Bikes Blues and BBQ: Dickson Street and Beyond

Photo: Ryan Deloney

It’s not just Fayetteville capitalizing on mania around the 18th annual Bikes, Blues & BBQ this week.

Springdale, Bentonville, Rogers, Eureka Springs and other Arkansas towns are taking advantage of the expanding rally.

BBB is the world’s largest charity motorcycle rally, according to Tommy Sisemore, executive director for the event. “It pretty much stretches from Farmington all the way up to the state line,” he said.

The event, which draws thousands of people from various pockets of the country, has expanded in recent years to avoid outgrowing its hometown. Dickson Street, the centerpiece of the rally, will remain the hub throughout this year’s event. However, festivities in surrounding NWA cities may appeal to patrons weary of traffic jams.

The annual classic car show at Arvest Ballpark in Springdale is a popular attraction for visitors outside of Fayetteville. The event, according to BBB’s website, will begin Saturday morning and will feature “customs, street rods, vintage treasures, rat rods, even custom bicycles for the kids.”

The event has traditionally lasted into the afternoon and is set to feature entertainment from a live DJ, vendors, and specialty awards.

“Finding things during the rally my little boy can go and do is what’s important to me where I’m at in my life,” Sisemore said. “It’s just great to be able to walk around and see everything.”

Sisemore said that the Pig Trail Harley-Davidson motorcycle dealerships in Rogers and Eureka Springs each offer a variety of festivities to visitors.

Before relocating, Teresa Hurst spent the last three years planning and organizing for the event at the Pig Trail Rogers location. “I know we always put a lot of work into making Pig Trail feel like a real component of Bikes Blues,” Hurst said.

Cayla McGrail, who worked at the event as a sales associate for two years in a row, said her favorite part was meeting riders and experiencing the rally in a smaller, less overwhelming way. “It’s less crowded than Fayetteville, but you still get to meet new people from all over. And the food’s just as good, in my opinion,” she said.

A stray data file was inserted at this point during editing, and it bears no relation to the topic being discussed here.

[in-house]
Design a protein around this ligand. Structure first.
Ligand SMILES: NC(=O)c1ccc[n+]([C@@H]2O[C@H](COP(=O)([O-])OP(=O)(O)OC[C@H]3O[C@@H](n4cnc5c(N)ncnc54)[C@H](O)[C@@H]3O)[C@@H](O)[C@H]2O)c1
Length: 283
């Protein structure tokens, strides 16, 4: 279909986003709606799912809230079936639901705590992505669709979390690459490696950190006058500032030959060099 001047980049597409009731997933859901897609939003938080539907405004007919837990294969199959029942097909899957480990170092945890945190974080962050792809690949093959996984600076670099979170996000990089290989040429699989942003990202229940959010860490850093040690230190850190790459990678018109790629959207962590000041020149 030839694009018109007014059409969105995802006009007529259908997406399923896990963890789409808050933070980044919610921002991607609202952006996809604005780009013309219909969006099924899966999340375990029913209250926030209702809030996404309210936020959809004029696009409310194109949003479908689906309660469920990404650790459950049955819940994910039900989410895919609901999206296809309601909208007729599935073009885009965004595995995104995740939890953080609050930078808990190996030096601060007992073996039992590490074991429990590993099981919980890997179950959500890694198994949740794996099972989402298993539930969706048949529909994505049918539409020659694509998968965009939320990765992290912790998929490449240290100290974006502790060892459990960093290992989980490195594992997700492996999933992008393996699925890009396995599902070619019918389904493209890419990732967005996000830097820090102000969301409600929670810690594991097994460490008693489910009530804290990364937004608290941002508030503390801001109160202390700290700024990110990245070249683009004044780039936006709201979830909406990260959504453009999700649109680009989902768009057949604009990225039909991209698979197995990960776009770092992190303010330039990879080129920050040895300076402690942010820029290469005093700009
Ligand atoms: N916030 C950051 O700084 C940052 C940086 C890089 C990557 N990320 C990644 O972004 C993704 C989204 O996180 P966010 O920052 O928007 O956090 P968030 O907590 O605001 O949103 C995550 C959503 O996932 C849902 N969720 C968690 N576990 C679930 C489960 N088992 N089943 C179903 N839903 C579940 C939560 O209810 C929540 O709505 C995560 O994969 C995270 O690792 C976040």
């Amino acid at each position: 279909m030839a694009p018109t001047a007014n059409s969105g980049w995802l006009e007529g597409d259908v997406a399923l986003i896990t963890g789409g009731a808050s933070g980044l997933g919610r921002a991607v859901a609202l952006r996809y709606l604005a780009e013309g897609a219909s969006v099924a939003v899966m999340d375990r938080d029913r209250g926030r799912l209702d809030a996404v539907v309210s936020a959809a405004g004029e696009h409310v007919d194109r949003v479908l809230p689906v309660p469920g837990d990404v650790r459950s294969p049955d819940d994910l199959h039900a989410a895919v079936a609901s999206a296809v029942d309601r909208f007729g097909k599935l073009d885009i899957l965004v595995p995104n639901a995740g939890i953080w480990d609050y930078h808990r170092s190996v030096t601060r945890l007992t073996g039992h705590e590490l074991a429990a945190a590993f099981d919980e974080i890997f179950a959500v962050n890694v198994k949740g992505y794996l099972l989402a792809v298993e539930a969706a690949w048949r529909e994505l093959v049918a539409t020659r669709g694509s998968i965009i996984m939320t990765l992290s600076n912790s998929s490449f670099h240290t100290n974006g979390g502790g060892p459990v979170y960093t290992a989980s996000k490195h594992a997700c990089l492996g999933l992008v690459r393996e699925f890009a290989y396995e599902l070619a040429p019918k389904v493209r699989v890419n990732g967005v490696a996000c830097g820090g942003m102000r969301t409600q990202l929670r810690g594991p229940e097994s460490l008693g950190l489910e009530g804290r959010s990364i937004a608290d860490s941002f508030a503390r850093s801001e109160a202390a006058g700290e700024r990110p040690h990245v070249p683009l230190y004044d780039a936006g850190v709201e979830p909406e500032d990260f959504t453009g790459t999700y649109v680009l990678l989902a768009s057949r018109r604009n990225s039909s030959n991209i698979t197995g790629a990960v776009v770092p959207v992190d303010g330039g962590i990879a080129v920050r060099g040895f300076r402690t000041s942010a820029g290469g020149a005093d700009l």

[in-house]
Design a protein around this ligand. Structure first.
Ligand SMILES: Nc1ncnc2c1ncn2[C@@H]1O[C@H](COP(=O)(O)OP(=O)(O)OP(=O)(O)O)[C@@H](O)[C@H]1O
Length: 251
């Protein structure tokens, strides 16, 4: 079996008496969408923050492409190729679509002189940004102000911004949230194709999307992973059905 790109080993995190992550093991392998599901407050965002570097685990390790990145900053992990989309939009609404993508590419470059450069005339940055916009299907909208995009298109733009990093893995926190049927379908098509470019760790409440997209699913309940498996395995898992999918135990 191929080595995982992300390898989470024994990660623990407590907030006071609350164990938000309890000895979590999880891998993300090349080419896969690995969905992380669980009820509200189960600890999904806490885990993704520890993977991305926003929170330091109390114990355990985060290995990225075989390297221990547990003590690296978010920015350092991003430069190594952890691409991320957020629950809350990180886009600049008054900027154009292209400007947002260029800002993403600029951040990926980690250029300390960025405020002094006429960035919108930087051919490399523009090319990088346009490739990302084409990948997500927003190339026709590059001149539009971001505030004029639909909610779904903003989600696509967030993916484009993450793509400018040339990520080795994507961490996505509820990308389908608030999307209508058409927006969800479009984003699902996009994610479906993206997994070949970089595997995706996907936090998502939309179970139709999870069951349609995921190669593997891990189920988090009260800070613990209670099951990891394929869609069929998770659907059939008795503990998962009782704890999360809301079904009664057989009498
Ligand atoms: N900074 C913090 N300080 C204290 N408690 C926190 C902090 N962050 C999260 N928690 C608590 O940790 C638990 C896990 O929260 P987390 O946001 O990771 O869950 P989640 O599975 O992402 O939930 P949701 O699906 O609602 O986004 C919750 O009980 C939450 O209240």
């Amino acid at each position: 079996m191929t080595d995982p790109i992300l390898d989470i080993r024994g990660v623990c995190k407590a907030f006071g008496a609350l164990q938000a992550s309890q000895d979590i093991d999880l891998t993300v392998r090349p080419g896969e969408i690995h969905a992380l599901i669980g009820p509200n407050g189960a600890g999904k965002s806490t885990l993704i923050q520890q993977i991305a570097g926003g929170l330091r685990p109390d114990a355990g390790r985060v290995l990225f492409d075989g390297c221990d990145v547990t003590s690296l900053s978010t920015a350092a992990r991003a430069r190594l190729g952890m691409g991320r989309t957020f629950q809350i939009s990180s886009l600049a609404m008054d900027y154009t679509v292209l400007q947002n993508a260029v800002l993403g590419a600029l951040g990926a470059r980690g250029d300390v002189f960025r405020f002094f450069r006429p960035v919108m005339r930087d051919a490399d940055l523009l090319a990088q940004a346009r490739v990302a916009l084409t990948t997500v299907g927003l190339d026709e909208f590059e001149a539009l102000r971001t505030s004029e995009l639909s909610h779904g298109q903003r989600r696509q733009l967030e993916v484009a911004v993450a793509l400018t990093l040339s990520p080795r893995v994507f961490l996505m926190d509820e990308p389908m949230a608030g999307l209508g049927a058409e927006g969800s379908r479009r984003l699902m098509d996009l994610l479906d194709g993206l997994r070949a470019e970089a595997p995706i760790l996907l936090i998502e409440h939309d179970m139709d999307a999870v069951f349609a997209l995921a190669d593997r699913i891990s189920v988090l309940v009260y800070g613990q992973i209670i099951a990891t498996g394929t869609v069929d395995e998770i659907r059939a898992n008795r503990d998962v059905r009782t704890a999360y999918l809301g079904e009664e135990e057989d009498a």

BBB isn’t a stationary event, either. The rides are as essential to the rally as the shows, food trucks and concerts, according to participants.

The foliage-leaden Pig Trail Scenic Byway, which runs 19 miles along Arkansas Highway 23, is a popular picturesque route for motorcyclists during the autumn season.

Also, the Distinguished Gentleman’s ride is a national motorcycle fundraising event that takes place in dozens of U.S. cities, including Fayetteville. The ride, scheduled in accordance with the end of BBB on Sunday, will be a square to square event from downtown Bentonville to Fayetteville.

“I close down the salon so I can join in every year,” said Jenny Lawson, an owner of Fayetteville’s Dr. Follicles Hair Garage and yearly participant in the Distinguished Gentleman’s ride. “We dress up like fancy dudes and raise money for men’s health. It’s really fun and you get to see a lot of Northwest Arkansas.”

Participants in the race must own or rent a vintage-style bike, according to the website. Non-riders can participate at each town square and make donations to the organization, which funds several health-related medical and research programs.

Sisemore said he hopes the efforts of the rally to spread out as it grows will accommodate as many people as possible, even the naysayers of the event.

“The whole rally might not be for you, but we want there to be at least one event for every person to enjoy something about—especially for locals. You may not always love us, but let’s find some common ground where we can all get along.”

Ryan Deloney is a sophomore majoring in Journalism/English and minoring in Spanish at the University of Arkansas. The movie critic for The Arkansas Traveler, UA’s student newspaper, plans a career in magazines or newspapers.